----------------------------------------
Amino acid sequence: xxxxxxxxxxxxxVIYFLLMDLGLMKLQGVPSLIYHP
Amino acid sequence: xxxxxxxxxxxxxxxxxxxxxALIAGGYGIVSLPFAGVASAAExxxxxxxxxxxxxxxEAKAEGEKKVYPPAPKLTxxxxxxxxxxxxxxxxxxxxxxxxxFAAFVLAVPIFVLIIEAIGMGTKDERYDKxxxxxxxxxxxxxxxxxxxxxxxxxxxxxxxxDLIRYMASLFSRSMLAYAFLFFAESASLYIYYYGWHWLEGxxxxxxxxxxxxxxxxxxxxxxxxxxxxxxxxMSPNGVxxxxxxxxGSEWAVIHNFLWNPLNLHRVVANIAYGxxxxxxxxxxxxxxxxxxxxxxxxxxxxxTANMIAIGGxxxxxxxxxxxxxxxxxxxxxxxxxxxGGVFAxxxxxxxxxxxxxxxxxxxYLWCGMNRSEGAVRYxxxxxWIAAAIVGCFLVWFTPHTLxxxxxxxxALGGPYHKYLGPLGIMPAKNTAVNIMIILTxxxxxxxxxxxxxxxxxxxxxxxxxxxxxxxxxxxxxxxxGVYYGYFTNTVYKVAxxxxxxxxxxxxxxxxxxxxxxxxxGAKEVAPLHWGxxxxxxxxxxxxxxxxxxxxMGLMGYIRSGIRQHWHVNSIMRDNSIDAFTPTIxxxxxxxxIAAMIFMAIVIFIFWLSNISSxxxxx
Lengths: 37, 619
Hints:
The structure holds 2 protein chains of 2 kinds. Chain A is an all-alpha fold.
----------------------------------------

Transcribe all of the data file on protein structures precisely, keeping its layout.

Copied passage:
Amino acid sequence: xxxxxxxxxxxxxVIYFLLMDLGLMKLQGVPSLIYHP
Amino acid sequence: xxxxxxxxxxxxxxxxxxxxxALIAGGYGIVSLPFAGVASAAExxxxxxxxxxxxxxxEAKAEGEKKVYPPAPKLTxxxxxxxxxxxxxxxxxxxxxxxxxFAAFVLAVPIFVLIIEAIGMGTKDERYDKxxxxxxxxxxxxxxxxxxxxxxxxxxxxxxxxDLIRYMASLFSRSMLAYAFLFFAESASLYIYYYGWHWLEGxxxxxxxxxxxxxxxxxxxxxxxxxxxxxxxxMSPNGVxxxxxxxxGSEWAVIHNFLWNPLNLHRVVANIAYGxxxxxxxxxxxxxxxxxxxxxxxxxxxxxTANMIAIGGxxxxxxxxxxxxxxxxxxxxxxxxxxxGGVFAxxxxxxxxxxxxxxxxxxxYLWCGMNRSEGAVRYxxxxxWIAAAIVGCFLVWFTPHTLxxxxxxxxALGGPYHKYLGPLGIMPAKNTAVNIMIILTxxxxxxxxxxxxxxxxxxxxxxxxxxxxxxxxxxxxxxxxGVYYGYFTNTVYKVAxxxxxxxxxxxxxxxxxxxxxxxxxGAKEVAPLHWGxxxxxxxxxxxxxxxxxxxxMGLMGYIRSGIRQHWHVNSIMRDNSIDAFTPTIxxxxxxxxIAAMIFMAIVIFIFWLSNISSxxxxx
Lengths: 37, 619
Hints:
The structure holds 2 protein chains of 2 kinds. Chain A is an all-alpha fold.